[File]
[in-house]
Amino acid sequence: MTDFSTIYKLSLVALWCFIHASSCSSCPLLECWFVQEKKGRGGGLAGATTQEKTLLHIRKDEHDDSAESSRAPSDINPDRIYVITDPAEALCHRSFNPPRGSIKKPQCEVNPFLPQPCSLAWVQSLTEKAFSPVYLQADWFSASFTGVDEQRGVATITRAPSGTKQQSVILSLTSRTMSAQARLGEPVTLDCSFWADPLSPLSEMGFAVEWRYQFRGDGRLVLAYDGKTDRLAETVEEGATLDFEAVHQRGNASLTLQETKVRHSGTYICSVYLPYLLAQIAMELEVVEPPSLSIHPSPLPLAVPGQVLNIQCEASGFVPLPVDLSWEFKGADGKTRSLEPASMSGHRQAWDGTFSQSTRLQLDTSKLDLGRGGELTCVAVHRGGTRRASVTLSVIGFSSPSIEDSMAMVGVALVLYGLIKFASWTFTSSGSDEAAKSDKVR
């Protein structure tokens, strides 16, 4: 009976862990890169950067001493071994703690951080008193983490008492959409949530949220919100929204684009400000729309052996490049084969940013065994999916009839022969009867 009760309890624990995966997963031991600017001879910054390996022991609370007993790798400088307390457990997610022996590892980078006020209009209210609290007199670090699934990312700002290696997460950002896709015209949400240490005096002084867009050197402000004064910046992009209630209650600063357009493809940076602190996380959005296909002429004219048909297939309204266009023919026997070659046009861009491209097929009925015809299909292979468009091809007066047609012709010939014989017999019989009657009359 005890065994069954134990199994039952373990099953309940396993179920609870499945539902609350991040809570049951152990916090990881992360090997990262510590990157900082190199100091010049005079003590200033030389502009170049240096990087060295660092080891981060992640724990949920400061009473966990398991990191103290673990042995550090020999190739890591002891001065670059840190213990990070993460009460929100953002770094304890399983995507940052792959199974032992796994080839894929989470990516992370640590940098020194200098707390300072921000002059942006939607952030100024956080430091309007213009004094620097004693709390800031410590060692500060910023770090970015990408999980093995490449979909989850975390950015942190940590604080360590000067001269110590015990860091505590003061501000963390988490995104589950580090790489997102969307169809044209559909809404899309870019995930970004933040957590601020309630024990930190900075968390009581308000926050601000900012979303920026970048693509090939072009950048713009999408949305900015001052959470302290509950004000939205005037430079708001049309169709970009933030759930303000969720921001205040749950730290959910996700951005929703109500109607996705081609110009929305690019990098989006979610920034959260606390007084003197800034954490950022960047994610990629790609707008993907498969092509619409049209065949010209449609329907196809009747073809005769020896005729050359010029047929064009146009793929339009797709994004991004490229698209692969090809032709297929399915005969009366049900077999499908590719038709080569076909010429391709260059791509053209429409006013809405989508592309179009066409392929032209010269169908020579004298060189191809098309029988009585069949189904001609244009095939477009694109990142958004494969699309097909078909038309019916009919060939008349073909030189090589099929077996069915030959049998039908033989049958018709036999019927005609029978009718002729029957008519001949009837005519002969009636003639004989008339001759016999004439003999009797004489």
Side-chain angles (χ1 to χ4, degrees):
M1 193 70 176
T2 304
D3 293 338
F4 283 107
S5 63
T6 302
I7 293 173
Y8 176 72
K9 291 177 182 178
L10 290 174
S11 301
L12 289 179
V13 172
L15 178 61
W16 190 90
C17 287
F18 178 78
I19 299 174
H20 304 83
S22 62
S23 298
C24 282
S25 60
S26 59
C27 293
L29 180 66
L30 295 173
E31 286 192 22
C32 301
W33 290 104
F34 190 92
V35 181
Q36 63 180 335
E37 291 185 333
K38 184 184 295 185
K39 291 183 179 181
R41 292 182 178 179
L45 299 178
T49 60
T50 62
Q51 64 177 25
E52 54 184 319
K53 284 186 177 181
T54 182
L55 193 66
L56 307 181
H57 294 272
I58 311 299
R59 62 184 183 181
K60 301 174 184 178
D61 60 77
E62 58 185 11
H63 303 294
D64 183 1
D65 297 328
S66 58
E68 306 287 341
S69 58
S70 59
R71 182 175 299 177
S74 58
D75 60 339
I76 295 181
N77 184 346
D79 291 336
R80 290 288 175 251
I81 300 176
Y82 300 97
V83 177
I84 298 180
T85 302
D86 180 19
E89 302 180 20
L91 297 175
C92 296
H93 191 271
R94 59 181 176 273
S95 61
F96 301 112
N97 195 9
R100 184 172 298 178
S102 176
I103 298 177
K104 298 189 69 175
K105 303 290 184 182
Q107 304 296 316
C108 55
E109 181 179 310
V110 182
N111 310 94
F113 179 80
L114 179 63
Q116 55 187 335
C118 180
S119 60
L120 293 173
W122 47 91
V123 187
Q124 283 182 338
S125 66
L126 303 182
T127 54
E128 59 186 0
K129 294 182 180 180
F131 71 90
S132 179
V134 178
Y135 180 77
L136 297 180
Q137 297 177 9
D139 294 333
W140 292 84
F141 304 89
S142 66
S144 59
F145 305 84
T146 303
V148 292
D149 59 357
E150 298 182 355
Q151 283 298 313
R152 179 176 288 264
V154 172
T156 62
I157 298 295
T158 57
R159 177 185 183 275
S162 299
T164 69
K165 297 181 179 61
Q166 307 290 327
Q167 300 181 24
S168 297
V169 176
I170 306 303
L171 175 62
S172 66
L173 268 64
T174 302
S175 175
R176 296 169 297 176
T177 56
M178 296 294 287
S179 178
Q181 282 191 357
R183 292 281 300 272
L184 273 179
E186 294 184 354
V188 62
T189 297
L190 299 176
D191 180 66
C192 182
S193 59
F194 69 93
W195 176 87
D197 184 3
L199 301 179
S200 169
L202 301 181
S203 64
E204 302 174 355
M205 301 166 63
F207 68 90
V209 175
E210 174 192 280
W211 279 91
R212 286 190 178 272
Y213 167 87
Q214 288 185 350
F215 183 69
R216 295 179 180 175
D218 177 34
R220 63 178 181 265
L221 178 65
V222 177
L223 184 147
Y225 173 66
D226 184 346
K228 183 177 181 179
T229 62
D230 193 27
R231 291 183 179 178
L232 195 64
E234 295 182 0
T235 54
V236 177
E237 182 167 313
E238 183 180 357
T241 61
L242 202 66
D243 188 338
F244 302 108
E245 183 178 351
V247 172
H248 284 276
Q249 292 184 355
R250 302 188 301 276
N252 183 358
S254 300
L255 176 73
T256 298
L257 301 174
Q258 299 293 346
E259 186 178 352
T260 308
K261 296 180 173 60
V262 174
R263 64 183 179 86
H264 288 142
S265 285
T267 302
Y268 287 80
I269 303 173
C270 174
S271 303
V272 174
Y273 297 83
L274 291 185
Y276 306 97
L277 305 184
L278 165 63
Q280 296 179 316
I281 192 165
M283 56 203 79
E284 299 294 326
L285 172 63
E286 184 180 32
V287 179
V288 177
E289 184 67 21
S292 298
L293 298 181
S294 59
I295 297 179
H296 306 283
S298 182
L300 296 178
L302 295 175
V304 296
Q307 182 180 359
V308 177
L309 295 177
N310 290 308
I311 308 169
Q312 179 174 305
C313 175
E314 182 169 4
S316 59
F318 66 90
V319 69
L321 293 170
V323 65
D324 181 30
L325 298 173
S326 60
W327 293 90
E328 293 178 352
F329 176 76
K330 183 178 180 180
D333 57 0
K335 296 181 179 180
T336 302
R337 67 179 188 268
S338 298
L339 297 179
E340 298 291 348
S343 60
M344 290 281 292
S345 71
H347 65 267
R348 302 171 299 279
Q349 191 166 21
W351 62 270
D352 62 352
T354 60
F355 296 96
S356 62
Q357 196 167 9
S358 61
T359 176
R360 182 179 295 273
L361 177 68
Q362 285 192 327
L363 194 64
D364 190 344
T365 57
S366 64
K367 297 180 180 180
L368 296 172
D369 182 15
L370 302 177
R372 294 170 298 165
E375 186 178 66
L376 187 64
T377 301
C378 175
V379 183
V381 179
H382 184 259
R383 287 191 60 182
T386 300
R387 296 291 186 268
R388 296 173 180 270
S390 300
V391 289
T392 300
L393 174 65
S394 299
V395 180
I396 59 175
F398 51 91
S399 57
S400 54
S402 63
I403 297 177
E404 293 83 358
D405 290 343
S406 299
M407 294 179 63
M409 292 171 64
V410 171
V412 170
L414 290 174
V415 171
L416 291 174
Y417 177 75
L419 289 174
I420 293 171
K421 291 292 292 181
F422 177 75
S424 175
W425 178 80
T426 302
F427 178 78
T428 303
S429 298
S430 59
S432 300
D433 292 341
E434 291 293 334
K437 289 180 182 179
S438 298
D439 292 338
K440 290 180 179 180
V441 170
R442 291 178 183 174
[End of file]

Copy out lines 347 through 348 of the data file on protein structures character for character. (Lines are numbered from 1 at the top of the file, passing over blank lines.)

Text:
S438 298
D439 292 338